In the wake of the Charlottesville riots, and the removal of confederate statues in southern United States, it behooves Belgium to rethink the blemish on its historical record: the slaughter of millions of Congolese under the brutal reign of King Leopold II.
Keep the statues, some say, but perhaps add a historical note so that people don’t forget.
It is my opinion that the place to critically deconstruct a myth, and to assess collective culpability is in schoolbooks, and by means of a broadly carried public debate. Belgium arguably hasn’t even come close to beginning this process. I also feel that we, privileged white descendants of colonizers, can understand and debate what has happened. We can even appreciate how the genocides of yore echo into the now, how structural racism is alive and kicking. But we don’t feel it daily. We choose when to talk about it, but discrimination is not shoved in our faces when all we want is a mocha frappuccino or, god forbid, a job. We are invisible to the racists among us. In that sense, we don’t feel what Leopold on a prancing horse means to a Congolese person. This hipster monster is dusted history, for us. But here’s a shortcut: could Germany have reasonably left a few bronze Hitlers* gazing over prominent squares? Would it be less or more offensive to descendants of his victims if, for critical reference, we add a few chimneys?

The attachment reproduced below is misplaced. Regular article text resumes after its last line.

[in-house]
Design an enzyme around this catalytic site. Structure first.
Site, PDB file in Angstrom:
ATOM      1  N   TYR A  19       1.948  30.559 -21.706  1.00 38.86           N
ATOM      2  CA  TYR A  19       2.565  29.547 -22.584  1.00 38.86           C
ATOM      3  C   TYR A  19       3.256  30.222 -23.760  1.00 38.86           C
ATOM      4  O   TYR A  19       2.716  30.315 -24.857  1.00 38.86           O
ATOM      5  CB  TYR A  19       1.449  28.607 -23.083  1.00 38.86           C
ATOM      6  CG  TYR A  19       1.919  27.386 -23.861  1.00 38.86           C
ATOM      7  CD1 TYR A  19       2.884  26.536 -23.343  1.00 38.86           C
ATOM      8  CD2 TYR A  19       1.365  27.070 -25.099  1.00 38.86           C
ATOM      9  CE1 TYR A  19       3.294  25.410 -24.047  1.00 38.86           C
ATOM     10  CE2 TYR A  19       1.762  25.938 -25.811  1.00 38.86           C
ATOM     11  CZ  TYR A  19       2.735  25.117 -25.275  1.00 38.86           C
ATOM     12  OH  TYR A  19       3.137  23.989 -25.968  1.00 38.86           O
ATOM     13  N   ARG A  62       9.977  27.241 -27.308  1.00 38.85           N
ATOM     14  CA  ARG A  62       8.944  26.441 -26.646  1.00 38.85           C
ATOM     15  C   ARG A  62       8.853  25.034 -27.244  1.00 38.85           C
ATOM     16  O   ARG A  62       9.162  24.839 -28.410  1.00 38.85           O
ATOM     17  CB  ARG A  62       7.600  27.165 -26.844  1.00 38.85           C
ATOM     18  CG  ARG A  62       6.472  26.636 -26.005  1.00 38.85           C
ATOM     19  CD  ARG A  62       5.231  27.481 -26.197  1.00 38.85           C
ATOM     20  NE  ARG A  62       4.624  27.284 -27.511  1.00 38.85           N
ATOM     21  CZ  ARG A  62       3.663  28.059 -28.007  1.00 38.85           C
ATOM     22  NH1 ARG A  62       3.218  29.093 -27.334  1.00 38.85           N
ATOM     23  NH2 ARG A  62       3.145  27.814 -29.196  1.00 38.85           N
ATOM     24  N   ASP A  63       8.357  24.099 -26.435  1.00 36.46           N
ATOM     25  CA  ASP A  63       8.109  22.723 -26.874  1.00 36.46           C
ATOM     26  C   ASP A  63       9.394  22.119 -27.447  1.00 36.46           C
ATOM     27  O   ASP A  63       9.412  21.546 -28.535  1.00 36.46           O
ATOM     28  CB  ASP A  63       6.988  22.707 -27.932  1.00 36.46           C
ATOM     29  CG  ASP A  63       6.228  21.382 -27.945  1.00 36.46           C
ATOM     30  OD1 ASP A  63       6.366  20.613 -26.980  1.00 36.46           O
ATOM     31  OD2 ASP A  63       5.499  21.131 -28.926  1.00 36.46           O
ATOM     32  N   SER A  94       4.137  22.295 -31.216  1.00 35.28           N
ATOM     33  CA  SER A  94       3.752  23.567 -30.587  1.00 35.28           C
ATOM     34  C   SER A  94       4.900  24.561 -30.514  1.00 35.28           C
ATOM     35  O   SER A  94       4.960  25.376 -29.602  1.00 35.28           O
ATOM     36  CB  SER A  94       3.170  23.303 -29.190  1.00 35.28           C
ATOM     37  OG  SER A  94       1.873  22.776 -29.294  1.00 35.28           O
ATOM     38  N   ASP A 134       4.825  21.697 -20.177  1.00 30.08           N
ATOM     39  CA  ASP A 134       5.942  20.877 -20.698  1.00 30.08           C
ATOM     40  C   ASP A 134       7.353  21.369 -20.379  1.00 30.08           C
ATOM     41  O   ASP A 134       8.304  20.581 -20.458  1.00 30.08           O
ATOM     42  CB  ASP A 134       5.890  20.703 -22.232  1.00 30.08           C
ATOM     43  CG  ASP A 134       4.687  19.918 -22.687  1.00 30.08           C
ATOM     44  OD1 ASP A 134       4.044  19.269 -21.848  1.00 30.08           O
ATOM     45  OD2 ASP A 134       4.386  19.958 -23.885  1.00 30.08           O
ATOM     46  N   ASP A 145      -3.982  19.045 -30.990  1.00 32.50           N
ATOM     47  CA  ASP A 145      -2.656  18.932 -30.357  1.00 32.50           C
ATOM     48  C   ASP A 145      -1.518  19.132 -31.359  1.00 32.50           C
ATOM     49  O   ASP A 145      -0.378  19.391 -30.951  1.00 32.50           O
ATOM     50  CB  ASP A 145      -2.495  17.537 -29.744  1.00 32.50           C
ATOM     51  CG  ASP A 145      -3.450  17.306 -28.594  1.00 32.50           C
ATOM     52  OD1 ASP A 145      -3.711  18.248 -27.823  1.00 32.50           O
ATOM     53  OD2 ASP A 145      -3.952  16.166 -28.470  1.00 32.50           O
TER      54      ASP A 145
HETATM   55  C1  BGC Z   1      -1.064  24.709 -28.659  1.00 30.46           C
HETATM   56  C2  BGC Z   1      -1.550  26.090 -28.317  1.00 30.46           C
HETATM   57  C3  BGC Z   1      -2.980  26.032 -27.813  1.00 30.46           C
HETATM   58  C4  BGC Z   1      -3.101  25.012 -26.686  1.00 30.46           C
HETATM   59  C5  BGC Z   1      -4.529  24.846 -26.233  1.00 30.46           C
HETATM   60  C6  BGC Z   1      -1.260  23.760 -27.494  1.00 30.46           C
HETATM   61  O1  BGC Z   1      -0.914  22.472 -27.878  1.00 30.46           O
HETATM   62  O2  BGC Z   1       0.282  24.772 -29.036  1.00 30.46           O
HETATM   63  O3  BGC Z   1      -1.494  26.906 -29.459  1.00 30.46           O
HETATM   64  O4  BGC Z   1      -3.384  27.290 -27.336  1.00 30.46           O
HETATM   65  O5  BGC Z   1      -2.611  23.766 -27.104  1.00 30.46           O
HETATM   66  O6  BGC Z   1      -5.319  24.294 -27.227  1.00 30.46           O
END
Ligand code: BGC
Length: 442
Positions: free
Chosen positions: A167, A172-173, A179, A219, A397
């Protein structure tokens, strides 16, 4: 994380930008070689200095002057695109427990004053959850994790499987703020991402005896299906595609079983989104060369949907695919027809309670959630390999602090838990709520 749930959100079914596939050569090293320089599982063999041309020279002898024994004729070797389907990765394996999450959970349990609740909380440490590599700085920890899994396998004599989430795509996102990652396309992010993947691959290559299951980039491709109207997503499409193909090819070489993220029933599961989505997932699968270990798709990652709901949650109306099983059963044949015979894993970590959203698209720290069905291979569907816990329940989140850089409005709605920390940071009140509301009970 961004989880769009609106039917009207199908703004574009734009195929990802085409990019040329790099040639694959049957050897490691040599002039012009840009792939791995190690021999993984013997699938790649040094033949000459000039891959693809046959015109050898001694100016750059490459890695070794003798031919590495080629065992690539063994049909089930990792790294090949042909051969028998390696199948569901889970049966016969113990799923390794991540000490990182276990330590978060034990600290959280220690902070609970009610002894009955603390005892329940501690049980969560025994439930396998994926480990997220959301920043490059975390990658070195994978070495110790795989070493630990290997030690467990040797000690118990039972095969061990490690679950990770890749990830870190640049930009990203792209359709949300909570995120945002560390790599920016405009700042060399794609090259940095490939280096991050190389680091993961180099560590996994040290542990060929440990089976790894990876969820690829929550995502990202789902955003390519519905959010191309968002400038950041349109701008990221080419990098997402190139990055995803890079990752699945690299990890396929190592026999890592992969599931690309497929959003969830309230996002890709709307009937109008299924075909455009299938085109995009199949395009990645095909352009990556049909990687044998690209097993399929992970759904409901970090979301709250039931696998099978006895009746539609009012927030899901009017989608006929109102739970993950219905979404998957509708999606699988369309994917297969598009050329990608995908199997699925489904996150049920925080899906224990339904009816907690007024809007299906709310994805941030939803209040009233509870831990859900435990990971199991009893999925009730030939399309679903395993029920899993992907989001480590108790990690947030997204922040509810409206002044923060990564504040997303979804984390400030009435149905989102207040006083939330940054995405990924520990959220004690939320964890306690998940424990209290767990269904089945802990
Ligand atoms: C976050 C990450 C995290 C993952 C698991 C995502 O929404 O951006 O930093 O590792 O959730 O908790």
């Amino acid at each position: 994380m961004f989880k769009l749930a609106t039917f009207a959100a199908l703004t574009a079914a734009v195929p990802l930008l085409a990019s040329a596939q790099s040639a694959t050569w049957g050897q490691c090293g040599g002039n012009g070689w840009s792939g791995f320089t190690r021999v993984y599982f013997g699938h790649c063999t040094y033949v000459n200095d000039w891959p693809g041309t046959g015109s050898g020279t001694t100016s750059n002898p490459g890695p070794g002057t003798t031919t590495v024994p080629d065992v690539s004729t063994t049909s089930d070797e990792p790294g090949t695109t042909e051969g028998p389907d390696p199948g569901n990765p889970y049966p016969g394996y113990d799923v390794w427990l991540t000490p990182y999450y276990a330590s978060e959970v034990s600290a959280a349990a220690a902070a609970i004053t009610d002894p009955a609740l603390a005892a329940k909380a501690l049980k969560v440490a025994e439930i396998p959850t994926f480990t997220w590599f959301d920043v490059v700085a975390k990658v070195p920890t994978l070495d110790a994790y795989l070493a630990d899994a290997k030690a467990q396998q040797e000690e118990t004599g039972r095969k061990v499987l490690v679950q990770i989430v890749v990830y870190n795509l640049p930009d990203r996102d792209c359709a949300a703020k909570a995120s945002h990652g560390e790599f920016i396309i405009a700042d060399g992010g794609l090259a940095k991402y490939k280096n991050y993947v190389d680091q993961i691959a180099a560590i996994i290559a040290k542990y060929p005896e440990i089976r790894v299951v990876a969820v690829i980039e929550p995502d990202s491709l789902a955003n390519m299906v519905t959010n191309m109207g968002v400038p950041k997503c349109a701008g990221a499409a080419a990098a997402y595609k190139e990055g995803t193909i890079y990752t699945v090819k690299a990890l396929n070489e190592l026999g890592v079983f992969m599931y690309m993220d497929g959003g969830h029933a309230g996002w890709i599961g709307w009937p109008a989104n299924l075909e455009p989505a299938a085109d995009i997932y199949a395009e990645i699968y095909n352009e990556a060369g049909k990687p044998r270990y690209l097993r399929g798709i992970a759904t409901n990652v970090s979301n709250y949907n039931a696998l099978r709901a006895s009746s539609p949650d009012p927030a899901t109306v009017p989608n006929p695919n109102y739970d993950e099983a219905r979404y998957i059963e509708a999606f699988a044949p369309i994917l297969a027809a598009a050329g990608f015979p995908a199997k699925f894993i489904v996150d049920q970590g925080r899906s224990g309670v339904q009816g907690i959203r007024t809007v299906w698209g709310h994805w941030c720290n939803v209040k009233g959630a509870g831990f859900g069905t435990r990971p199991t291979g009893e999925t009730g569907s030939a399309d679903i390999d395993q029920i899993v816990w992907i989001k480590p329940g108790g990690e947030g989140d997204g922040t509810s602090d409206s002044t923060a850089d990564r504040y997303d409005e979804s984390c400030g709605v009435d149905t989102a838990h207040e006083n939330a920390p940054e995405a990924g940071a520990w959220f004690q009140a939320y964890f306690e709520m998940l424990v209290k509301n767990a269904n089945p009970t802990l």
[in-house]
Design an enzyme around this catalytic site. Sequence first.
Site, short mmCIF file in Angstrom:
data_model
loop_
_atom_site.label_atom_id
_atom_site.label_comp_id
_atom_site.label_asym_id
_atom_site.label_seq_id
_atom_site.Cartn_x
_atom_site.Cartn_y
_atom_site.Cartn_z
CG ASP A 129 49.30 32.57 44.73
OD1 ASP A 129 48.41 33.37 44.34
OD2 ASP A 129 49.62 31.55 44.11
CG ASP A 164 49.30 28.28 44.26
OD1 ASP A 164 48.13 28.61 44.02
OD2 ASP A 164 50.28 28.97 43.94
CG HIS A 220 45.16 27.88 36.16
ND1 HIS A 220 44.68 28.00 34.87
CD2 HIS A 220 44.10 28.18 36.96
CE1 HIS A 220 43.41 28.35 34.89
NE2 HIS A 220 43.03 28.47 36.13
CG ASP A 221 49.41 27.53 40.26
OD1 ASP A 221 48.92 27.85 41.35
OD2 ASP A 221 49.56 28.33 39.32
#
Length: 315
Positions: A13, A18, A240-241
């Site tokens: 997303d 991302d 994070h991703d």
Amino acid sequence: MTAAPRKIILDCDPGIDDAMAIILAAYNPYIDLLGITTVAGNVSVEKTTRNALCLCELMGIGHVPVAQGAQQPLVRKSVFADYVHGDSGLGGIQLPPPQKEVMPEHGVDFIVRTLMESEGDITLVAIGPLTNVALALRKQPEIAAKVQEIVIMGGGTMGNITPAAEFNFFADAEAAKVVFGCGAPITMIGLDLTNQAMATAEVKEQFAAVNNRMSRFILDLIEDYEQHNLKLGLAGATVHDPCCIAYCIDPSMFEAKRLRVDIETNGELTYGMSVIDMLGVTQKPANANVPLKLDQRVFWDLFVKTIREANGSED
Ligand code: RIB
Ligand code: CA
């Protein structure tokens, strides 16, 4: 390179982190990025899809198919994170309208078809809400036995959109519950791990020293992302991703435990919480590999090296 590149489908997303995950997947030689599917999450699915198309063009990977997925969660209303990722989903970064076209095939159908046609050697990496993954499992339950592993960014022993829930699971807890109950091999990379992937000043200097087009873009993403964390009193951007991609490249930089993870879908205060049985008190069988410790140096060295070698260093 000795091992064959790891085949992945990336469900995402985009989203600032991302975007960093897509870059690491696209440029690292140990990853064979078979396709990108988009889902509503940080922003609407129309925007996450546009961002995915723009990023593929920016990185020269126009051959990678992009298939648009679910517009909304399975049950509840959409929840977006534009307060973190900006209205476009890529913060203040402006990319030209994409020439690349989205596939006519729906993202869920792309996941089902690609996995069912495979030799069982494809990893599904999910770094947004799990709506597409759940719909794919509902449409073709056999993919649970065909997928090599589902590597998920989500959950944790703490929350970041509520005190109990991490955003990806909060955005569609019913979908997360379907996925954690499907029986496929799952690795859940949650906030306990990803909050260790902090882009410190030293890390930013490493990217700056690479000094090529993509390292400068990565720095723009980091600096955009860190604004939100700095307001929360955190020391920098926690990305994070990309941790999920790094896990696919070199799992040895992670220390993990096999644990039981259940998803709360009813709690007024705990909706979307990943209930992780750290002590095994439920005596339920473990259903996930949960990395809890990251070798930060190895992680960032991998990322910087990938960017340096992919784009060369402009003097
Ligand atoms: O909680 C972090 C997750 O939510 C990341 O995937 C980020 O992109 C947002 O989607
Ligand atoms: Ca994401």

*Godwin’s Law applies